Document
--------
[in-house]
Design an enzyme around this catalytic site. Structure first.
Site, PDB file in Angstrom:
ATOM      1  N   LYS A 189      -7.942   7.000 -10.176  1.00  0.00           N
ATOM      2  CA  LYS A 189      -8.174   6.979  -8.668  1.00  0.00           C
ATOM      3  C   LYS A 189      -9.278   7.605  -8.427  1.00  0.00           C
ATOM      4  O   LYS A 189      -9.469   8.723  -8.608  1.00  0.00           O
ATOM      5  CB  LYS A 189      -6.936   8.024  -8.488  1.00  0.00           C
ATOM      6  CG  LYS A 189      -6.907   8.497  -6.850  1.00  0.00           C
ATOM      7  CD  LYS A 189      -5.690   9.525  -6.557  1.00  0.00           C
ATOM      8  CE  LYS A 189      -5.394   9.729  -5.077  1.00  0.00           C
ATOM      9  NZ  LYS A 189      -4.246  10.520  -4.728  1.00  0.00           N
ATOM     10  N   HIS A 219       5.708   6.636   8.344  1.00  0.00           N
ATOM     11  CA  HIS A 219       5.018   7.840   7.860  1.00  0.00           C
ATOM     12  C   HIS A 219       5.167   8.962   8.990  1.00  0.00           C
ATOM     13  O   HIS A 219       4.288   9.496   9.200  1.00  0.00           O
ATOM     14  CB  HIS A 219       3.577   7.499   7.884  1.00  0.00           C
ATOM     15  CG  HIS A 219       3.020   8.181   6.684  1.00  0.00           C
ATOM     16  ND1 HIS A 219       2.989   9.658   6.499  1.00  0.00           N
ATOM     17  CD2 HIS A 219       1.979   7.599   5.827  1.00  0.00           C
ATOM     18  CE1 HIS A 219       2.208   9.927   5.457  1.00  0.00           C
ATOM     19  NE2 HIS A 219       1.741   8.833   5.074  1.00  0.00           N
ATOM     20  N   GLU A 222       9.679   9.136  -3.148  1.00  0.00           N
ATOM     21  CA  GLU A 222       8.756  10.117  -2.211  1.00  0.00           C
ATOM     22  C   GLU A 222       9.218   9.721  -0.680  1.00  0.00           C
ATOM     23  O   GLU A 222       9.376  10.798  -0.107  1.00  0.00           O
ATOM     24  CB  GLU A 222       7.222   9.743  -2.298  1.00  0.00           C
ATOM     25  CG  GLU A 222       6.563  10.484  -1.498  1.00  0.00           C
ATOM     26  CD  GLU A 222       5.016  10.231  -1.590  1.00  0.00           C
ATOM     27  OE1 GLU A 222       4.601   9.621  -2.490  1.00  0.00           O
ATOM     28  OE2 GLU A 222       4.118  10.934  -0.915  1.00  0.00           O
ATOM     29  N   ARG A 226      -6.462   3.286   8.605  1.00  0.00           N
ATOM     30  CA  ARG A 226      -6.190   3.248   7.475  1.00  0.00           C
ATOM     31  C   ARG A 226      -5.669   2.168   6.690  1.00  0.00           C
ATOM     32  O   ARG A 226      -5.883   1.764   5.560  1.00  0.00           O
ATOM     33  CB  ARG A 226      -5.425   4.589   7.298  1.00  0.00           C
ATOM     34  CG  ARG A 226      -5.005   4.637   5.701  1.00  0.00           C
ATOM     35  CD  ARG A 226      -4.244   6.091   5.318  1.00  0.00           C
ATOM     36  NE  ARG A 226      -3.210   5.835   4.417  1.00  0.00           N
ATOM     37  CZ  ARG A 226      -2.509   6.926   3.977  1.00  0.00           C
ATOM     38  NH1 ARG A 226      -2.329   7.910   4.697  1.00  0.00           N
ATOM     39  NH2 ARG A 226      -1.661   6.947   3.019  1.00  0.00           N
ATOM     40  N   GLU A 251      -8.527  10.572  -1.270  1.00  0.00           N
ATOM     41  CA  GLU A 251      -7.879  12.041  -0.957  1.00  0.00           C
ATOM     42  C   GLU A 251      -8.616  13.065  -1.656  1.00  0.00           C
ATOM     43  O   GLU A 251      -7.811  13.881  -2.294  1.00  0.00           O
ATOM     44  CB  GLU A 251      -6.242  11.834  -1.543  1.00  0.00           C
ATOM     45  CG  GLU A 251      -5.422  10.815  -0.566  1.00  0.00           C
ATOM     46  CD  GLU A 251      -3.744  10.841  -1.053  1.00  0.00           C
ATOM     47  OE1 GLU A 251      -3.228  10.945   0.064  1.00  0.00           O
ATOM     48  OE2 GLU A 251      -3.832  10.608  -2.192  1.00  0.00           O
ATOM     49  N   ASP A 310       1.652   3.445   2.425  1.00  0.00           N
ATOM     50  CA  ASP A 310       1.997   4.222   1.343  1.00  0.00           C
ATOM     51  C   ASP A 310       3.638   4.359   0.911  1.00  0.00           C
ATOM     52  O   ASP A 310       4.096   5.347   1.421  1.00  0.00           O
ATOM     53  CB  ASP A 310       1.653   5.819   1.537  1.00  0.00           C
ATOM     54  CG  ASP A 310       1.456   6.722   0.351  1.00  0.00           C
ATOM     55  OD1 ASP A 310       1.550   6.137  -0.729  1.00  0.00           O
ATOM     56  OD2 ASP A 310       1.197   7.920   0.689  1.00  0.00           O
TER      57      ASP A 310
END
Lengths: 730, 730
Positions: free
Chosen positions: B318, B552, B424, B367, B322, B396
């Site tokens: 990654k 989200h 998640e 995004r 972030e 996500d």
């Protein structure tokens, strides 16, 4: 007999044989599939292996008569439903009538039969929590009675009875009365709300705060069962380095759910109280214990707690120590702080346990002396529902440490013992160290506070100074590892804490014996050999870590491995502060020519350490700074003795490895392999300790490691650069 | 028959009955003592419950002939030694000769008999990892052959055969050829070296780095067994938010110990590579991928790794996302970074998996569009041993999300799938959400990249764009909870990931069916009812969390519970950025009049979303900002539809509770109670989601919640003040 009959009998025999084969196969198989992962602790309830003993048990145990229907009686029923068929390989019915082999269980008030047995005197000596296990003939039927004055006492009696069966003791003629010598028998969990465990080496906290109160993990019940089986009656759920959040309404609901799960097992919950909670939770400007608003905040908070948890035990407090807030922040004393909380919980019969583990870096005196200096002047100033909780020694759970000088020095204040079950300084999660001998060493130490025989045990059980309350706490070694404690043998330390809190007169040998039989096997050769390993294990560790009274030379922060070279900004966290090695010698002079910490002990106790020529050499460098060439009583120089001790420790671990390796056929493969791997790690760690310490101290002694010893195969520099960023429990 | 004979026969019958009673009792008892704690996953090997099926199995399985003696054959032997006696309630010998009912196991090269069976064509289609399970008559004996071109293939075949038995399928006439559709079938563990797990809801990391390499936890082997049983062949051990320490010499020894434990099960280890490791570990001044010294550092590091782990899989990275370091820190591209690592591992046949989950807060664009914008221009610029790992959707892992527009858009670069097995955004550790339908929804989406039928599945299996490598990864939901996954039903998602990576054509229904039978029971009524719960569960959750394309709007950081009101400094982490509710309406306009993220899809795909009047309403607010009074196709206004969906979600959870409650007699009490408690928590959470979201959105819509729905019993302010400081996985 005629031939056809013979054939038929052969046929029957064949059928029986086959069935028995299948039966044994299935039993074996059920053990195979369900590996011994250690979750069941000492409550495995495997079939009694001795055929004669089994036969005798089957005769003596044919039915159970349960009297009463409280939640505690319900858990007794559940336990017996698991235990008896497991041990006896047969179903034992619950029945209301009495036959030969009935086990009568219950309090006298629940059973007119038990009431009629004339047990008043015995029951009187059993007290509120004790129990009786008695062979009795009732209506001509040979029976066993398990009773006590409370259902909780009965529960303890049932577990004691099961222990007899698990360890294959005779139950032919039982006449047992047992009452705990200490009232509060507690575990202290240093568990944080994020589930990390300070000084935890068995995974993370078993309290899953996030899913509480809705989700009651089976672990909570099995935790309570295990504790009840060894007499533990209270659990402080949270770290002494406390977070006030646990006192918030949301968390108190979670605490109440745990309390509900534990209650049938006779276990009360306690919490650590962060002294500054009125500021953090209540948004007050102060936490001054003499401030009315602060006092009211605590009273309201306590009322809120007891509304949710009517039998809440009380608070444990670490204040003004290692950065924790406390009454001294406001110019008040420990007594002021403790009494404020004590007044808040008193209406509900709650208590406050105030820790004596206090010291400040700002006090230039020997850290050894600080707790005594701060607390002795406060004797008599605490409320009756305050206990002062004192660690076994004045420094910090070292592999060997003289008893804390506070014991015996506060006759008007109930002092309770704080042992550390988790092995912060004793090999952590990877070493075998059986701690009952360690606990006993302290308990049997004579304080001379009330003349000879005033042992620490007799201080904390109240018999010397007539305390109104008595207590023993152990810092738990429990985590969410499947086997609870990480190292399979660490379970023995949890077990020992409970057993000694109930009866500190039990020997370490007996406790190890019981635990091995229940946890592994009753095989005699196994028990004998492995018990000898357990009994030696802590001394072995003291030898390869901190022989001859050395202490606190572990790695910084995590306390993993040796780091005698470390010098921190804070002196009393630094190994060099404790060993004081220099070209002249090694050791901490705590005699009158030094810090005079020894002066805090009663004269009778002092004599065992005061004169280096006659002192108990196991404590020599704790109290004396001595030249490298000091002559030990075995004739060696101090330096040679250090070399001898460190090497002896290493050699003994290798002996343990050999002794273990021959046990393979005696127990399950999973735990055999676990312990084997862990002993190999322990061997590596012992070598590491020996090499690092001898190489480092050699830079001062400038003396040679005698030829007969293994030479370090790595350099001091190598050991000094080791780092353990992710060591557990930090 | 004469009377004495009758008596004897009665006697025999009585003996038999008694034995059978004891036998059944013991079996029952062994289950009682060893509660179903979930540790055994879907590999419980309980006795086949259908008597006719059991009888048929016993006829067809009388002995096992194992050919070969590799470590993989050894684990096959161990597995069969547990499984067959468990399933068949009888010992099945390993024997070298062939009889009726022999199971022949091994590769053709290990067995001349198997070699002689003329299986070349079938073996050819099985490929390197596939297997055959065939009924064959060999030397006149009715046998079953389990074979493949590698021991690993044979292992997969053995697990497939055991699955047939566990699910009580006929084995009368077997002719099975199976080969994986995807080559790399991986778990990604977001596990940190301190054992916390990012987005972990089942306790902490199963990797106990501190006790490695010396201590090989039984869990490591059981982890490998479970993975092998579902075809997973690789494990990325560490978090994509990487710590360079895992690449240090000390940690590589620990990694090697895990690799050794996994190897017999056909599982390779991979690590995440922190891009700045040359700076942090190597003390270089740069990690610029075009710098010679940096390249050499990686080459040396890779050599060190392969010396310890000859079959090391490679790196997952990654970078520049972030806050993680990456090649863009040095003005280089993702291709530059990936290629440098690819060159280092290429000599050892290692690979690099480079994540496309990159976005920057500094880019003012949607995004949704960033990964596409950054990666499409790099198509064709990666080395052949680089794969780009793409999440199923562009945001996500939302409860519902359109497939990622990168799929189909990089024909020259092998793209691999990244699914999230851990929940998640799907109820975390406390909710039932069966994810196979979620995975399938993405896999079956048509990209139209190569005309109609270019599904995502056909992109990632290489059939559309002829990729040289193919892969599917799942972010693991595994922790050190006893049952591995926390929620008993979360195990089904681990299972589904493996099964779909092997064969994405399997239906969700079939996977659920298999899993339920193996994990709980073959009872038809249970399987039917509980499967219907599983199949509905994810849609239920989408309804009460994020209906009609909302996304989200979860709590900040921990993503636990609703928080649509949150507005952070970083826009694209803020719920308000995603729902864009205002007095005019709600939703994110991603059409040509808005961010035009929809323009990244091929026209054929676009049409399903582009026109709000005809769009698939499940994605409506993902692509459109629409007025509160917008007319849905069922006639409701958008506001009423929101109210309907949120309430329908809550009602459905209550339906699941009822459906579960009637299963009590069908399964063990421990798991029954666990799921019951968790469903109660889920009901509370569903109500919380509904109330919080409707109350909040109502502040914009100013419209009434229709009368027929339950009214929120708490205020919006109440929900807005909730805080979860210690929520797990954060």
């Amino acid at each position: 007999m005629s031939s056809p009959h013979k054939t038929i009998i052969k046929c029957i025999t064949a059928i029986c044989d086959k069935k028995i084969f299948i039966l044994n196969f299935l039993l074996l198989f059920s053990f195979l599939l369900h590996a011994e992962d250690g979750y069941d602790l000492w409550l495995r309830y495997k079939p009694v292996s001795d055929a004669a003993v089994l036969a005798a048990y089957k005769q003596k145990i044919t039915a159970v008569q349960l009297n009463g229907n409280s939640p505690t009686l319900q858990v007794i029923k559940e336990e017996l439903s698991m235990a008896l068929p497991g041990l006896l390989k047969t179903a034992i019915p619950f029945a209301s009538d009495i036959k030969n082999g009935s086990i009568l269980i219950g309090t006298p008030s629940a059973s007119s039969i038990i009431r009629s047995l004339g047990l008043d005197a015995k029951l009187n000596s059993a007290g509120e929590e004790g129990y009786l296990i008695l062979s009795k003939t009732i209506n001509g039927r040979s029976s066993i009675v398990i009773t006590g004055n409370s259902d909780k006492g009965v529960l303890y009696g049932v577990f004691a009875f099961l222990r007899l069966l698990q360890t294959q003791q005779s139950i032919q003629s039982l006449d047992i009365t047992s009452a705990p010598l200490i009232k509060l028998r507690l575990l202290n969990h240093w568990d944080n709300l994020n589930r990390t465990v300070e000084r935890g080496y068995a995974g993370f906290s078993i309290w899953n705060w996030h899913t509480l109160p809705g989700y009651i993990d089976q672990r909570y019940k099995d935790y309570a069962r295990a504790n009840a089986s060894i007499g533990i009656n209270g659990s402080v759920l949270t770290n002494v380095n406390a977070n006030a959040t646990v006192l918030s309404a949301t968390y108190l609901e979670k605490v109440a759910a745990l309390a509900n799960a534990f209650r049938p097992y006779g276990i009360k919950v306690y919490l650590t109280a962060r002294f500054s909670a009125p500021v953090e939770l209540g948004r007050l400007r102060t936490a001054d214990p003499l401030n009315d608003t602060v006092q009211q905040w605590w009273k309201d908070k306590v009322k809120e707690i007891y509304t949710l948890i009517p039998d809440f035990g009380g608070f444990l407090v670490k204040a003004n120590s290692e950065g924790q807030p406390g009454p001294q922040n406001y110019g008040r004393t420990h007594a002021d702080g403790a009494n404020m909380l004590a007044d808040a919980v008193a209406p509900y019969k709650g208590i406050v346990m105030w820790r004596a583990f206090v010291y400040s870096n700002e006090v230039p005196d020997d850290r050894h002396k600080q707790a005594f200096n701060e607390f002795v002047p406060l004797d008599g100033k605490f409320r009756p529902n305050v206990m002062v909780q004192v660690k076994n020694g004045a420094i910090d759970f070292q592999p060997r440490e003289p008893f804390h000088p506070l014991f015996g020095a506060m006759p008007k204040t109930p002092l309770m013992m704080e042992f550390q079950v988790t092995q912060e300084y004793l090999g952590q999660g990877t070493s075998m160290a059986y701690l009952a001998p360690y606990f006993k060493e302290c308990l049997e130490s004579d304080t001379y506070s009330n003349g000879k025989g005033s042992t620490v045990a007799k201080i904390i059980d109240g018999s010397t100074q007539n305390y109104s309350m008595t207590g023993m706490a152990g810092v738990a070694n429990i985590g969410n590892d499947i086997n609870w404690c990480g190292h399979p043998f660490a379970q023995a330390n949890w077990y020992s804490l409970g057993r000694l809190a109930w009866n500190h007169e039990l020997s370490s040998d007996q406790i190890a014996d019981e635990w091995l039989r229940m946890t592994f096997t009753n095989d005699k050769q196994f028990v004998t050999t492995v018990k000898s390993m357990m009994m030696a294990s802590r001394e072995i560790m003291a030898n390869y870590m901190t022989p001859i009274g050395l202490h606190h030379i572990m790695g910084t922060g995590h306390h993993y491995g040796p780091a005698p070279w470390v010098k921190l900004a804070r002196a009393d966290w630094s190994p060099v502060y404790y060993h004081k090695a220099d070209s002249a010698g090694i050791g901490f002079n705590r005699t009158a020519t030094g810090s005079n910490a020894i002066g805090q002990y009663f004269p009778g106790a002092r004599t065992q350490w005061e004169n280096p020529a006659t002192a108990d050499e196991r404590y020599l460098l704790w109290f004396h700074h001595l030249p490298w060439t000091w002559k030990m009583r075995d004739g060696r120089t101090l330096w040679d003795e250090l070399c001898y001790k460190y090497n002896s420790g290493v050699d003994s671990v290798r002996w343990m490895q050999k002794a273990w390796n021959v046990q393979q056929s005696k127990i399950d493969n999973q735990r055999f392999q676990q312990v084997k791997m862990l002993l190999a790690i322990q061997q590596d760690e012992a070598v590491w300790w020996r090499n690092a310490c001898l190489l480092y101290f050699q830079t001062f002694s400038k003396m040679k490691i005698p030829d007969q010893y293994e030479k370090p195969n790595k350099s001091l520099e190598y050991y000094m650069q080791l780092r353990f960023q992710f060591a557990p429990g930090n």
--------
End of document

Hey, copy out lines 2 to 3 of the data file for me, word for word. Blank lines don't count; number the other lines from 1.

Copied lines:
Design an enzyme around this catalytic site. Structure first.
Site, PDB file in Angstrom: